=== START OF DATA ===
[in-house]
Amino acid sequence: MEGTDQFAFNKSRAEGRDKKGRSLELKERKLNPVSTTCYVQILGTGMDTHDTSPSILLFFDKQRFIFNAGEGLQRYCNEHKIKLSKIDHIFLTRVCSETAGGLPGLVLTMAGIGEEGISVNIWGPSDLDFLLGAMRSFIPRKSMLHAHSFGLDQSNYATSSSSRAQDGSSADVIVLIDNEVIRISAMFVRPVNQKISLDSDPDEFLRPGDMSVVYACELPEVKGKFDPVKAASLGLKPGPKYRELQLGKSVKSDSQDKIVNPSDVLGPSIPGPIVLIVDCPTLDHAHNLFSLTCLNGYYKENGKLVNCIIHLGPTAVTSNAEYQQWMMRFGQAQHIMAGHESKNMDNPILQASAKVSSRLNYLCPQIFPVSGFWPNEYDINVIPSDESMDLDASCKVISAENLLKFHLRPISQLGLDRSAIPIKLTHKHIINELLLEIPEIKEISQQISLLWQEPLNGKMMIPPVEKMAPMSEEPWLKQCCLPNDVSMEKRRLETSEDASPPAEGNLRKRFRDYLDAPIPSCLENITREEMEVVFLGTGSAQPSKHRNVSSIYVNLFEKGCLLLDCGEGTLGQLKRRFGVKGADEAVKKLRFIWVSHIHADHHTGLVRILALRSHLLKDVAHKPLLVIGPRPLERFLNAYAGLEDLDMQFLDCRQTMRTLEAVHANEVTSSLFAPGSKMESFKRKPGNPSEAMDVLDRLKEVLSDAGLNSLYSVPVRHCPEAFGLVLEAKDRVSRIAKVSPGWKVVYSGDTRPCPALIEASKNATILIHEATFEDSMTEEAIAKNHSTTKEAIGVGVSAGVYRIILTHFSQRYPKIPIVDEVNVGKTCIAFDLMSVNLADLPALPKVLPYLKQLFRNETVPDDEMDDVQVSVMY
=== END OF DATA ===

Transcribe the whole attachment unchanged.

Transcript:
[in-house]
Amino acid sequence: MEGTDQFAFNKSRAEGRDKKGRSLELKERKLNPVSTTCYVQILGTGMDTHDTSPSILLFFDKQRFIFNAGEGLQRYCNEHKIKLSKIDHIFLTRVCSETAGGLPGLVLTMAGIGEEGISVNIWGPSDLDFLLGAMRSFIPRKSMLHAHSFGLDQSNYATSSSSRAQDGSSADVIVLIDNEVIRISAMFVRPVNQKISLDSDPDEFLRPGDMSVVYACELPEVKGKFDPVKAASLGLKPGPKYRELQLGKSVKSDSQDKIVNPSDVLGPSIPGPIVLIVDCPTLDHAHNLFSLTCLNGYYKENGKLVNCIIHLGPTAVTSNAEYQQWMMRFGQAQHIMAGHESKNMDNPILQASAKVSSRLNYLCPQIFPVSGFWPNEYDINVIPSDESMDLDASCKVISAENLLKFHLRPISQLGLDRSAIPIKLTHKHIINELLLEIPEIKEISQQISLLWQEPLNGKMMIPPVEKMAPMSEEPWLKQCCLPNDVSMEKRRLETSEDASPPAEGNLRKRFRDYLDAPIPSCLENITREEMEVVFLGTGSAQPSKHRNVSSIYVNLFEKGCLLLDCGEGTLGQLKRRFGVKGADEAVKKLRFIWVSHIHADHHTGLVRILALRSHLLKDVAHKPLLVIGPRPLERFLNAYAGLEDLDMQFLDCRQTMRTLEAVHANEVTSSLFAPGSKMESFKRKPGNPSEAMDVLDRLKEVLSDAGLNSLYSVPVRHCPEAFGLVLEAKDRVSRIAKVSPGWKVVYSGDTRPCPALIEASKNATILIHEATFEDSMTEEAIAKNHSTTKEAIGVGVSAGVYRIILTHFSQRYPKIPIVDEVNVGKTCIAFDLMSVNLADLPALPKVLPYLKQLFRNETVPDDEMDDVQVSVMY